To all the Downtown haters ...
BY AMY FUHRMAN
Friday night wasn’t supposed to be about the Streetscape. But in many ways, it was.
And this was supposed to be an article about the Spring Art Crawl. But in many ways, it isn’t.
Going back to 2009, the Downtown Statesville Streetscape plan was just an item on the City Council’s meeting agenda. It went through many rounds, but work finally started in 2011 and, thus far, two phases of the project have been completed.
At the time, the plan listed as goals for the Streetscape: Replacing aging underground infrastructure; Making Downtown more pedestrian-friendly to encourage customers for businesses; Increasing available parking spaces; and Adding tables and chairs, landscaping and other furnishings to make Downtown more enticing and visitor-friendly.
Ever since the word Streetscape made it to the public arena, the project has had its critics. Fair enough. When upward of $9 million in taxpayer money is being spent, it’s good to make sure it’s invested wisely.
As a journalist, I’ve spent countless hours reading those criticisms in letters to the editor and social media posts and listening to them during official public comment sessions at meetings and unofficial complaint sessions at cafes.
Last night, as I joined hundreds of others who were thoroughly enjoying Art Crawl, five years of biting my tongue finally seemed long enough. So, here’s my response to all the … “stuff” …. people have had to say on the subject:
- Downtown is dead. Nothing is going to change the fact that no one wants to go downtown. So the Streetscape is a waste of money.
This is my favorite one — and I still hear it now and then. Clearly, anyone who thinks Downtown is dead hasn’t visited in a while.
Every evening that the weather is good, the tables lining Broad Street are filled with people — people who are spending money. Often, the businesses have to bring out extra chairs. Inside, the restaurants and shops like Wine Maestro are full of customers, many whom take a stroll Downtown most evenings just to see all the familiar faces.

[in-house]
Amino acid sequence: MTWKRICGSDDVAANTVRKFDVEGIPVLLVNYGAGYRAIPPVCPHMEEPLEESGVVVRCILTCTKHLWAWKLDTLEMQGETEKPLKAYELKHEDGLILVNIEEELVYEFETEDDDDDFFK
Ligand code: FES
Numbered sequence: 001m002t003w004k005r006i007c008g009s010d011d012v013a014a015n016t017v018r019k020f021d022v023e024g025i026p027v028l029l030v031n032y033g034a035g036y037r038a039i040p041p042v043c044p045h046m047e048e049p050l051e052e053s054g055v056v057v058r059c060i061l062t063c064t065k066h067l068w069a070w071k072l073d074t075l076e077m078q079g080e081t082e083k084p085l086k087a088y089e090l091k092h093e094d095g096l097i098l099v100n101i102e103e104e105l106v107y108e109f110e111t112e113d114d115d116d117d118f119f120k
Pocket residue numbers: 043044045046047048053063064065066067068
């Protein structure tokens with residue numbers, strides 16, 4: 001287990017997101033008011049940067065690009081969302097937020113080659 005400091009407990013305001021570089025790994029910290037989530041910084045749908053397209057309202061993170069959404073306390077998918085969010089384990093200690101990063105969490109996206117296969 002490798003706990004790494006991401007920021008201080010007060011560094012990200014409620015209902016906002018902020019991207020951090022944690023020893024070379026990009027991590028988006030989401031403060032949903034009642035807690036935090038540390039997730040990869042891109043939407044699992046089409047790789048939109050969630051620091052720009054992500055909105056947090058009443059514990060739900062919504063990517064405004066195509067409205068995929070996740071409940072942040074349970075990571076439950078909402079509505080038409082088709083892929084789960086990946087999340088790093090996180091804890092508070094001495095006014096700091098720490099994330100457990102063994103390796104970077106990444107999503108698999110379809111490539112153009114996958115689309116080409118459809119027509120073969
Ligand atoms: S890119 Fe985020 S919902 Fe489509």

During the day, lunch places are packed, and there are people coming in and out of shops and offices where they’re welcomed and treated well. These are small local businesses, and every customer counts. It shows in their service.
- There’s no parking Downtown.
Honestly, if I never hear this again ….
I live Downtown. I work Downtown. In my free time, I eat, shop and socialize Downtown. I have never had to park more than half a block away from where I was going. Often, I can even find spots that don’t require the dreaded parallel parking (which I’ve gotten pretty good at). When residents rightly questioned the lack of handicap-accessible parking, the city added spaces, ensuring better access for all residents. No parking situation is ever perfect, and when there are big events, you might have to park a few spaces farther away. That is not what I would call a “problem.”
- All those planters on the corners were a waste of money.
Actually, they weren’t. Other than the people Downtown, those planters send the clearest message to visitors that this is somewhere people care about, invest in and enjoy. Better than any billboard, the landscaping in our city shows anyone passing through or considering opening a business that this is a place that is healthy and growing. Plus, the flowers are pretty and attract butterflies. You probably can’t monetize that, but it makes me smile.
- Statesville will never change. Old money. Old ways. Old thinking, blah, blah, blah
I saved this one for last on purpose. We now have:
• Art Crawls, Wine Walks, and Shop & Stroll;
• Friday after Five concerts and a Jazz Festival;
• Two farmers markets selling local produce and more
• 20 great places to eat;
• 40 great places to shop;
• Tons of businesses and services that help our residents … and our economy;
• One of America’s top bike shops;
• A community theatre;
• Ghost tours at Halloween and carriage rides at Christmas;
• N.C.’s only mummy at Iredell Museums;
• Amazing public artwork thanks in large part to the Iredell Arts Council;
• Pumpkin Fest and the bike races;
• Oh, and people. Lots and lots of people every day, supporting local businesses and helping our Downtown keep growing and evolving.
Which brings us back to Art Crawl, where many of the city and community leaders responsible for the vision and execution of the Streetscape project were out and about, walking the wider sidewalks between the bustling businesses of their packed Downtown.
Perhaps it was just me, but I suspect a few of them, when encountering a previous Streetscape critic, might have had to bite their tongues a time or two as well.
Amy Fuhrman is editor of SVLFreeNews.com. Email her at firstname.lastname@example.org.